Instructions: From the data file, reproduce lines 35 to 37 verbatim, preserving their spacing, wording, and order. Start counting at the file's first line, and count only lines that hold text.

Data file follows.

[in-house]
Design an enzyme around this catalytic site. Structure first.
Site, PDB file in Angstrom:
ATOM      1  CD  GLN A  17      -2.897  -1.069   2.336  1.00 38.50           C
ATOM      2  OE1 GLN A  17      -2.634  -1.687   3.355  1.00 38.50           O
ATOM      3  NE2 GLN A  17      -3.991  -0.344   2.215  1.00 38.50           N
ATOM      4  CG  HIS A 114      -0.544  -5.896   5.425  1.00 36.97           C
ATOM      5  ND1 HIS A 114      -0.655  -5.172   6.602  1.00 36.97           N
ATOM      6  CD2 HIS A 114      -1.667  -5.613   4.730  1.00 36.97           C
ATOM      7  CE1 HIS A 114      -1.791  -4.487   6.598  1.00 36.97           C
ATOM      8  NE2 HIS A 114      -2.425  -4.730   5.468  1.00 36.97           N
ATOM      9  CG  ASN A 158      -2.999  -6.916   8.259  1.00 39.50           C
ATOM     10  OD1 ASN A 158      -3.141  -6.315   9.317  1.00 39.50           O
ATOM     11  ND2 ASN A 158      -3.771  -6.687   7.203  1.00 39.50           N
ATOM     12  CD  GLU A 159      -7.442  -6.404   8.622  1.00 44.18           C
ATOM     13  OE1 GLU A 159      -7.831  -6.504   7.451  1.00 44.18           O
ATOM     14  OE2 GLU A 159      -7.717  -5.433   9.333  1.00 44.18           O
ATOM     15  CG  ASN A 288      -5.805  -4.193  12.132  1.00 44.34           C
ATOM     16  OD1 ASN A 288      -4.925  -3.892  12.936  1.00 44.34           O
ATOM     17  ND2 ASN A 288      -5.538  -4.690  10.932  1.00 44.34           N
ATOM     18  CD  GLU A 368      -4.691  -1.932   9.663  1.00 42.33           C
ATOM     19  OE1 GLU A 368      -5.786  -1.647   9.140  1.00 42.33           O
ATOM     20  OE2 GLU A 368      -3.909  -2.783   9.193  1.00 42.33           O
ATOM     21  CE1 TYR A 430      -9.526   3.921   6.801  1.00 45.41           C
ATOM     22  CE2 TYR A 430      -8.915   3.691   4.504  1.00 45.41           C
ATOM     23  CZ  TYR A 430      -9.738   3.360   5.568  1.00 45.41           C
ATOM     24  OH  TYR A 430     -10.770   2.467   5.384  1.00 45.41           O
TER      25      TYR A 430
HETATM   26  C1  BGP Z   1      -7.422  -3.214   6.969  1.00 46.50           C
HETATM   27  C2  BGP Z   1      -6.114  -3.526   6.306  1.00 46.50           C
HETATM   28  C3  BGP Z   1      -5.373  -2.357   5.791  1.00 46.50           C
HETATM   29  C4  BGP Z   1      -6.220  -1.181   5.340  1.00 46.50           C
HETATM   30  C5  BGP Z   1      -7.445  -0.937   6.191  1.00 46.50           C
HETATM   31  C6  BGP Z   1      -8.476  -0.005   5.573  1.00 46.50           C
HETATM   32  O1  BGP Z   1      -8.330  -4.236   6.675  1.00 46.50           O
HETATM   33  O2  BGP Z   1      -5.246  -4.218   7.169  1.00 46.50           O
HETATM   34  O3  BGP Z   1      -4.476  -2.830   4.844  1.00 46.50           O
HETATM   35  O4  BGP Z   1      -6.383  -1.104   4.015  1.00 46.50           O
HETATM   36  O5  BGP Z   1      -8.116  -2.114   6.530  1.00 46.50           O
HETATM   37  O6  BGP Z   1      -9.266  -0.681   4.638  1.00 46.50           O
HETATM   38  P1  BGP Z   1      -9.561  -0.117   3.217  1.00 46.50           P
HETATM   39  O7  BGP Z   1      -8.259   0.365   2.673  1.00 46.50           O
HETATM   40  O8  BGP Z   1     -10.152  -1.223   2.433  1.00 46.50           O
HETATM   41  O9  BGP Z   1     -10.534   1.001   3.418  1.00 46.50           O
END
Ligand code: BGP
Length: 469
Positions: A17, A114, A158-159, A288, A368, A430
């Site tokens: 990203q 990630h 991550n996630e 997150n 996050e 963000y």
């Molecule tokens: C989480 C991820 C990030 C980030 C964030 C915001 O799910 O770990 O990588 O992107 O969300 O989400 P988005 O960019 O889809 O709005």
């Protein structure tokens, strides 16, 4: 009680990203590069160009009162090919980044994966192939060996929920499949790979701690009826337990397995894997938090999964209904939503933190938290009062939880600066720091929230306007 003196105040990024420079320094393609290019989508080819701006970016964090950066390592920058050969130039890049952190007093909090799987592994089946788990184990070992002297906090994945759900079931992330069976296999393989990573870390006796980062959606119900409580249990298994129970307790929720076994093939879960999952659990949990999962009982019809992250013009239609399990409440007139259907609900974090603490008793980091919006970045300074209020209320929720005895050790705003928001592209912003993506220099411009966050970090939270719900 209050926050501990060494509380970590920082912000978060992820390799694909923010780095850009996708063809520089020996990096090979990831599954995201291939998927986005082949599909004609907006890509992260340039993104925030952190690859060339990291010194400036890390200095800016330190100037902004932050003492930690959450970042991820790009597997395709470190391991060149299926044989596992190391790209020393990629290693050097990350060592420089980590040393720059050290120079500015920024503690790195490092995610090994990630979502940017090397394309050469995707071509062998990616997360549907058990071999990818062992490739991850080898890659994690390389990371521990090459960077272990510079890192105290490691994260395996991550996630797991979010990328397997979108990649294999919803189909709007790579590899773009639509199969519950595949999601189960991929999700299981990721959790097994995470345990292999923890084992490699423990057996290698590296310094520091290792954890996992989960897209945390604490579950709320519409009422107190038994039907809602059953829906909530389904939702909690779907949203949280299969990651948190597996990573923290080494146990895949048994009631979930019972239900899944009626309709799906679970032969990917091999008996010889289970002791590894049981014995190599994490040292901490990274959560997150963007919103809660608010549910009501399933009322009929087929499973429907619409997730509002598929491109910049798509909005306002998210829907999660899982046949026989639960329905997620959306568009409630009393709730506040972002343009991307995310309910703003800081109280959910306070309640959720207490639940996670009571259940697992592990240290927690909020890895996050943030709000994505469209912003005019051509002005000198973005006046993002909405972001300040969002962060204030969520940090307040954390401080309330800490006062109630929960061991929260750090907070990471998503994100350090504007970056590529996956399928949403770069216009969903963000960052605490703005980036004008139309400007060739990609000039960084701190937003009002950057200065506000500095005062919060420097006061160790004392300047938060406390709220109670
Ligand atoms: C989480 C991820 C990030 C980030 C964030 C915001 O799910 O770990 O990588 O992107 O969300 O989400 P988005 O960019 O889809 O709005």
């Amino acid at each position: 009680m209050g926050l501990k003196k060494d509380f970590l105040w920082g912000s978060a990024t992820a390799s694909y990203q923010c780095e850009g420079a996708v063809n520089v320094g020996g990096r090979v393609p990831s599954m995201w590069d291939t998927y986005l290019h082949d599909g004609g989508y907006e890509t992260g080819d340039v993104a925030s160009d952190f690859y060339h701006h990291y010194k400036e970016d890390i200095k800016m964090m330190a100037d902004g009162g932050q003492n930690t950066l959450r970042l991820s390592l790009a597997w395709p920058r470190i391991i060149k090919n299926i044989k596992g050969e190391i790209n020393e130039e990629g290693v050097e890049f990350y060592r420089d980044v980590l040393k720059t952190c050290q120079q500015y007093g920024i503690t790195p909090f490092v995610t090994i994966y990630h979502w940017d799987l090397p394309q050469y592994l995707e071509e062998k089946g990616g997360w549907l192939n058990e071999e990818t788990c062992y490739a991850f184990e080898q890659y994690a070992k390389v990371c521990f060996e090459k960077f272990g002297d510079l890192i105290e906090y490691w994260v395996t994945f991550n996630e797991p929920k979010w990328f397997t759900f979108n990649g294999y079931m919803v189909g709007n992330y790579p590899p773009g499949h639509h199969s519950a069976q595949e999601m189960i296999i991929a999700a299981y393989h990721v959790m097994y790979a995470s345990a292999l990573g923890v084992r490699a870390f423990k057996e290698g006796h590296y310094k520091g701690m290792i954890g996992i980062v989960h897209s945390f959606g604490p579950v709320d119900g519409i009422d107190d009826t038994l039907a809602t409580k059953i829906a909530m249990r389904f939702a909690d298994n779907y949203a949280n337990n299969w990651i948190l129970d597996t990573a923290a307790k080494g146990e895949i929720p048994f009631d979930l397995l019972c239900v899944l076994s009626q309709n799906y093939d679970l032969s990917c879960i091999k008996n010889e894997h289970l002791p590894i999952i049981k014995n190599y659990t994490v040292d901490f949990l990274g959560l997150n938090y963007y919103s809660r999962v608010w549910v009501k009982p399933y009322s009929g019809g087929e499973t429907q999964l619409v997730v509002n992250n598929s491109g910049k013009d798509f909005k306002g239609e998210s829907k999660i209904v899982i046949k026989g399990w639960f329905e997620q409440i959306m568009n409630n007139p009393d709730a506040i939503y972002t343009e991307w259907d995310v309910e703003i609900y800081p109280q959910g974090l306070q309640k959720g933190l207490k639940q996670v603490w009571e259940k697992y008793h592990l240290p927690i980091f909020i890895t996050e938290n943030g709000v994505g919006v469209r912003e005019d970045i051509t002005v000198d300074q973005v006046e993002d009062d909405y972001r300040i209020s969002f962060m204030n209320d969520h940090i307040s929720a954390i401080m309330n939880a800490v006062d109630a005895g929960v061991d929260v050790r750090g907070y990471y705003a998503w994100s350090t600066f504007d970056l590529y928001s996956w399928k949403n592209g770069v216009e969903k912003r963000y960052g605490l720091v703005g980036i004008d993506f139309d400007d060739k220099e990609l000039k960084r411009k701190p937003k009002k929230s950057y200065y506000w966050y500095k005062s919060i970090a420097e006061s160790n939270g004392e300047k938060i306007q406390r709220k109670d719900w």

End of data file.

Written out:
HETATM   32  O1  BGP Z   1      -8.330  -4.236   6.675  1.00 46.50           O
HETATM   33  O2  BGP Z   1      -5.246  -4.218   7.169  1.00 46.50           O
HETATM   34  O3  BGP Z   1      -4.476  -2.830   4.844  1.00 46.50           O